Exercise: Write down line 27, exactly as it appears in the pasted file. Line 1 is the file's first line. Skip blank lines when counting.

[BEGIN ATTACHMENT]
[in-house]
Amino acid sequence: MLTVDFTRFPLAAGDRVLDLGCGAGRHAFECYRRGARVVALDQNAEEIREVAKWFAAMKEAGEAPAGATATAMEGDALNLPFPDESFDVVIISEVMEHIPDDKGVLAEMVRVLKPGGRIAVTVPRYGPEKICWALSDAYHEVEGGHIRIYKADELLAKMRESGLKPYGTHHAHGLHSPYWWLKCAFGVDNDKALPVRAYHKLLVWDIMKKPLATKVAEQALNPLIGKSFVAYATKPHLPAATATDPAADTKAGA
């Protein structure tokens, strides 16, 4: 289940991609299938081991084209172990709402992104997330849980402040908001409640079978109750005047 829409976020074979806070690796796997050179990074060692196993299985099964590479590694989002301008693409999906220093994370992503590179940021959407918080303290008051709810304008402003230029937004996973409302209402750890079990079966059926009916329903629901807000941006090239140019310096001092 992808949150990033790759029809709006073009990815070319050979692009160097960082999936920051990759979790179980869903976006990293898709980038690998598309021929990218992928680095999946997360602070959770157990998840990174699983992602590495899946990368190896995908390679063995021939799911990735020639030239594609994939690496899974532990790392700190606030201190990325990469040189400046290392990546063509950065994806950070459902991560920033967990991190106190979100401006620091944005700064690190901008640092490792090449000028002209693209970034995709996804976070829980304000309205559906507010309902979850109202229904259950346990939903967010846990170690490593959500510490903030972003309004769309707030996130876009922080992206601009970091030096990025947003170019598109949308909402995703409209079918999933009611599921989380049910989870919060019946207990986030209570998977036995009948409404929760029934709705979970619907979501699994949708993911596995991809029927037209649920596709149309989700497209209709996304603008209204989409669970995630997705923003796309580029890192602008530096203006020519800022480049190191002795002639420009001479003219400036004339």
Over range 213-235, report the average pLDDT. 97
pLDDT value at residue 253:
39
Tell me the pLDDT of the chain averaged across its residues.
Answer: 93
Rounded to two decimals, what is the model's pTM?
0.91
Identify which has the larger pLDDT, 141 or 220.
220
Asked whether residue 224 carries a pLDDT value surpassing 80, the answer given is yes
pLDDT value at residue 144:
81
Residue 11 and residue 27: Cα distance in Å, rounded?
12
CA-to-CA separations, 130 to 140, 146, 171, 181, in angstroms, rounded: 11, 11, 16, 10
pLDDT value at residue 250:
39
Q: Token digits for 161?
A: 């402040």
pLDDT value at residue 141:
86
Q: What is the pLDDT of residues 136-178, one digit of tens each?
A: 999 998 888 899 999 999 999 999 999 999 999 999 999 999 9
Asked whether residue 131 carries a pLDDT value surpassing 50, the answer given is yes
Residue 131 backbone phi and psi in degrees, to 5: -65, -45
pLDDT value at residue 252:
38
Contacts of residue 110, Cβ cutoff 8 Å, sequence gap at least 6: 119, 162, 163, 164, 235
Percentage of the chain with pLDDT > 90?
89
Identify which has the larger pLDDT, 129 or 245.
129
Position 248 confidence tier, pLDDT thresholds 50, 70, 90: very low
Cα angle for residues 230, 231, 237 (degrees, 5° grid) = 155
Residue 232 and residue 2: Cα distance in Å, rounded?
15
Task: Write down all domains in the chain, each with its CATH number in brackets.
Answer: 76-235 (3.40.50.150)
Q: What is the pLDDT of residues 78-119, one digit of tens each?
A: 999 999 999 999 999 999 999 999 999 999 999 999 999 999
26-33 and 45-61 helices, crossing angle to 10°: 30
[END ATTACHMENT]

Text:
Asked whether residue 131 carries a pLDDT value surpassing 50, the answer given is yes